By Jodi Bryant

It's 6pm and Steve Jennings is just about to tuck into a much-anticipated Sunday roast with his wife and three children when his pager goes off.

Everyone's eyes meet across the table in a silent acknowledgment of resignation. They know the drill. Wife and kids are used to surrendering their husband and dad to a worthy cause.

Steve has just five minutes to get to the Onerahi Fire Station to join the crew aboard the fire truck before it departs toward the emergency. It is then he is briefed on where they are heading but it's not until they arrive, that the fire crew will realise the full extent of the situation.


"You never know what you're going to turn up to, how bad it is or who and how many are involved," says the 45-year-old. "But the MVA's (motor vehicle accidents) stand out the most in my memory. Typically, they aren't pretty to attend."

The crew could also turn up to a vehicle, house or scrub fire, house flood, public hazard, such as a tree fallen on the road, a commercial building smoke alarm activated, someone locked out of their house or vehicle, medical event, such as a heart attack, or a cat stuck up a tree.

"Yes, this actually happens," Steve confirms. "Although we have only had one in the five years I've been involved."

Steve became a volunteer fire fighter five years ago after getting a taste for carrying out voluntary work as a teen. It derived from his love of the water which lead to volunteering for surf lifesaving for ten years and then Coastguard for another ten. After moving to Whangarei 11 years ago, he wanted to try something different and, following some encouragement from a friend who volunteered at the Whangarei Heads Brigade, decided to give fire-fighting a go.

He was surprised to discover a lot more to the role than meets the eye, beginning with the training; twice a week for up to six months, before undergoing a week-long recruitment training course and subsequent weekly training, along with additional optional courses to gain qualifications.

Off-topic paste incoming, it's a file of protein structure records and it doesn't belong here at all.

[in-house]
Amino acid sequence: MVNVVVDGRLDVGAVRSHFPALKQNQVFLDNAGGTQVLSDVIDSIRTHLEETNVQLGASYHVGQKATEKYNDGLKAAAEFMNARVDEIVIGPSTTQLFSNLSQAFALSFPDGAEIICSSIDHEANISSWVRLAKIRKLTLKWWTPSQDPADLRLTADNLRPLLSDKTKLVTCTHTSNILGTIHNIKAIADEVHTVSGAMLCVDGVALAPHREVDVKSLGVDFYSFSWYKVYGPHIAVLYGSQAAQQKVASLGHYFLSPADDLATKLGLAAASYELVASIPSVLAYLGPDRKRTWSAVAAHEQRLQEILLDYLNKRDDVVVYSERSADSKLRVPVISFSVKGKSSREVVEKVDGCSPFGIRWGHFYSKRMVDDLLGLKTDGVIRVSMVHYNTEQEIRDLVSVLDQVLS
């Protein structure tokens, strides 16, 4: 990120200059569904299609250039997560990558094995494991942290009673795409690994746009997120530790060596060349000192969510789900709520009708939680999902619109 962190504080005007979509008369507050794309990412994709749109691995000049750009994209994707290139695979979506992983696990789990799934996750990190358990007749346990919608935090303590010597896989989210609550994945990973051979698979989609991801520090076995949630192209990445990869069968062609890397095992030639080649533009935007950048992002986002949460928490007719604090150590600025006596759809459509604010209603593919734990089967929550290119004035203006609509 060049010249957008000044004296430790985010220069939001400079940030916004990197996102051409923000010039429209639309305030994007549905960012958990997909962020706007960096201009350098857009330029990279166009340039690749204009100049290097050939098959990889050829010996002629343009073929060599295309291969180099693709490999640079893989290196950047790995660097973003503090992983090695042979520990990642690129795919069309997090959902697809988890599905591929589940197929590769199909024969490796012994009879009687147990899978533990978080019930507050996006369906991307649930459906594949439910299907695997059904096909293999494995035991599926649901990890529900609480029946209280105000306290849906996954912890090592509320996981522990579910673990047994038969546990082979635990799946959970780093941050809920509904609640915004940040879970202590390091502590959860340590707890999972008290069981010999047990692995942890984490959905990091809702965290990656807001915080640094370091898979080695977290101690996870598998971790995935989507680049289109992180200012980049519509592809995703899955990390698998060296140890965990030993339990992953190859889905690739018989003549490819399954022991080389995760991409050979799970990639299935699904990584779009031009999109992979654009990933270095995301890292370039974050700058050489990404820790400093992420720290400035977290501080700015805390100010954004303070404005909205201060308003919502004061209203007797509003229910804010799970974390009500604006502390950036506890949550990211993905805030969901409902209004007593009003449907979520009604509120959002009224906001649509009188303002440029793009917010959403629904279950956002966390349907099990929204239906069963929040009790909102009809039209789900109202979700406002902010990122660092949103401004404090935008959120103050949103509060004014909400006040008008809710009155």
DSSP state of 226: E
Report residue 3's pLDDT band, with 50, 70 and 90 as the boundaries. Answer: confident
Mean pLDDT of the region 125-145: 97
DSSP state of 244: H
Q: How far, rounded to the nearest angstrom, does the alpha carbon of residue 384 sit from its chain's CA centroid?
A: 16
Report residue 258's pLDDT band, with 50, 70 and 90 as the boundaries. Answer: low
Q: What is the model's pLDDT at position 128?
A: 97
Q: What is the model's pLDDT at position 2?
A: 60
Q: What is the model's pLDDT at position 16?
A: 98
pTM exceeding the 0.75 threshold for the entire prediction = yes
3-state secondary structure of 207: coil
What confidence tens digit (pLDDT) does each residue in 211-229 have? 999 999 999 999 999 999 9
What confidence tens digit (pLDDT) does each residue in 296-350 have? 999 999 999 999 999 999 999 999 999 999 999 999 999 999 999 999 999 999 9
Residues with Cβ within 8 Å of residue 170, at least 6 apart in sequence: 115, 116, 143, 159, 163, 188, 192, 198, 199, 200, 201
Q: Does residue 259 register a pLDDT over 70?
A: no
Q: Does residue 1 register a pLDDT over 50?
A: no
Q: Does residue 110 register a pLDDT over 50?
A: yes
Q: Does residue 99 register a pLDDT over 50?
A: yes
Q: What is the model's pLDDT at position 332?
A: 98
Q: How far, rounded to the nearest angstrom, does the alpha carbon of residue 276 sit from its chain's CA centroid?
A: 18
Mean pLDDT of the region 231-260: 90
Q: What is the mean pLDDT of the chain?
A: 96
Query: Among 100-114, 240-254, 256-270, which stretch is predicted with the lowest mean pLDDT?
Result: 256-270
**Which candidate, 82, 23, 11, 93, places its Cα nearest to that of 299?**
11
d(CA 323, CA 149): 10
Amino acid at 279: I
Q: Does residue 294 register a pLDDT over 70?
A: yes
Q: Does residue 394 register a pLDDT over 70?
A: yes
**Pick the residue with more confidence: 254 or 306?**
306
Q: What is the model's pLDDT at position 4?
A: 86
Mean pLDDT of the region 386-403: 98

Then there's the community role fire fighters play, such as visiting schools and pre-schools and various community events to educate about fire safety. Steve is also the Onerahi brigade's health and safety officer.

A big event each year is the Firefighter Sky Tower Stair Challenge which fundraises for Leukaemia & Blood Cancer New Zealand. This involves much planning, organising, raffle selling and other fund raising, not to mention the rigorous training involved and the event itself.

All this, Steve fits around his day job as Northland regional manager at Southeys Group (hydro excavation specialists), and family life.


"It's not easy and sometimes you just have to take annual leave to do it," explains the dad to Jade, 12, Aimee, 9, and Reece, 7.

"We have a saying that family and work come first but it's not always easy to say no to helping someone, no matter what you're doing, so sometimes compromises need to be made with the understanding and support of the family. I'm very lucky in that regard."

As well as a pager, Steve has an app on his phone. It can activate while at work, asleep, during dinner, kids' sports and birthdays and, most recently it meant missing the family Fireworks Spectacular show at Toll Stadium while fighting a scrub fire on Abbey Caves Rd.

"I know my wife Lana and my family fully support what I do. Yes, she has her moments of 'You've got to be kidding, Really? That's four times today!' or 'I've just dished dinner!' But she understands the why.

"With work, it depends on what I'm in the middle of, sometimes you can't just drop what you're doing," says Steve, adding that if he has been fighting a fire the night before, he will always show up at his job on time the next day.

The worst aspect of the job, says Steve, are the MVAs and medical calls when the result isn't what was hoped for and it's impossible not to take the mental impact home.

"You can't help but take it home. It's not something you can just turn off and on. It's how you deal with it that matters."

The team cope by talking about it at the station afterwards and sometimes this is ongoing.

"It depends on what the incident was that we have attended. There are times, at the end of a hard fire, where a chat over a beer is appreciated. If it's been a traumatic incident, then a more official debrief is done and counselling is offered.

"Mental wellbeing is something that FENZ (Fire and Emergency New Zealand) and the station is pretty big on and they want us to talk, if not to each other, then to specialists. But we have a pretty solid crew here at Onerahi and we are happy to sit down and listen when someone needs to talk. I have to say though, I have a fantastic wife who is very understanding and is always there for me. If I need to talk, we make the time to talk. I really couldn't do this without her."

So why does Steve do it?

"Simply put, I like to help people and, saving someone's home or life is a big deal. I also love how it's a big extended family at the station. We all look out for each other and jump in and lend a hand when someone needs it."

And the roast will keep.

"My lovely, understanding and incredibly tolerant wife puts it aside for me to have when I eventually get home."